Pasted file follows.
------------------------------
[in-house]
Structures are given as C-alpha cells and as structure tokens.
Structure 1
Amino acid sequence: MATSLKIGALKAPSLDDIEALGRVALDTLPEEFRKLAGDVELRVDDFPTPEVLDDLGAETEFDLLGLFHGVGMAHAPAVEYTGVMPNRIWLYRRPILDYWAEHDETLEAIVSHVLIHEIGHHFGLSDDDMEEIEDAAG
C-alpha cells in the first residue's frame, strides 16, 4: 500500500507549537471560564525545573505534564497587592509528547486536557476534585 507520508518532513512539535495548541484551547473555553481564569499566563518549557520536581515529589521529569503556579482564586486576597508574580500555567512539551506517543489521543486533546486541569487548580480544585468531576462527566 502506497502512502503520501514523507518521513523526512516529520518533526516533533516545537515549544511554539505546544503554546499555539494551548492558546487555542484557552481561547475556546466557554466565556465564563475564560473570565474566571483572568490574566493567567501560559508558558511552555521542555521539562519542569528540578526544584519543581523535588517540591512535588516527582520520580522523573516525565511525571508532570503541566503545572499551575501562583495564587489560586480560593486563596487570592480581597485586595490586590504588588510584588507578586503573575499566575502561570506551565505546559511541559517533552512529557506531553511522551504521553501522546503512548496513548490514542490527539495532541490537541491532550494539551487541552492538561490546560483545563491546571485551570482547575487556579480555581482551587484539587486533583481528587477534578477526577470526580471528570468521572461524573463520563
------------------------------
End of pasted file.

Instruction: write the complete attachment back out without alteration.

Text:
[in-house]
Structures are given as C-alpha cells and as structure tokens.
Structure 1
Amino acid sequence: MATSLKIGALKAPSLDDIEALGRVALDTLPEEFRKLAGDVELRVDDFPTPEVLDDLGAETEFDLLGLFHGVGMAHAPAVEYTGVMPNRIWLYRRPILDYWAEHDETLEAIVSHVLIHEIGHHFGLSDDDMEEIEDAAG
C-alpha cells in the first residue's frame, strides 16, 4: 500500500507549537471560564525545573505534564497587592509528547486536557476534585 507520508518532513512539535495548541484551547473555553481564569499566563518549557520536581515529589521529569503556579482564586486576597508574580500555567512539551506517543489521543486533546486541569487548580480544585468531576462527566 502506497502512502503520501514523507518521513523526512516529520518533526516533533516545537515549544511554539505546544503554546499555539494551548492558546487555542484557552481561547475556546466557554466565556465564563475564560473570565474566571483572568490574566493567567501560559508558558511552555521542555521539562519542569528540578526544584519543581523535588517540591512535588516527582520520580522523573516525565511525571508532570503541566503545572499551575501562583495564587489560586480560593486563596487570592480581597485586595490586590504588588510584588507578586503573575499566575502561570506551565505546559511541559517533552512529557506531553511522551504521553501522546503512548496513548490514542490527539495532541490537541491532550494539551487541552492538561490546560483545563491546571485551570482547575487556579480555581482551587484539587486533583481528587477534578477526577470526580471528570468521572461524573463520563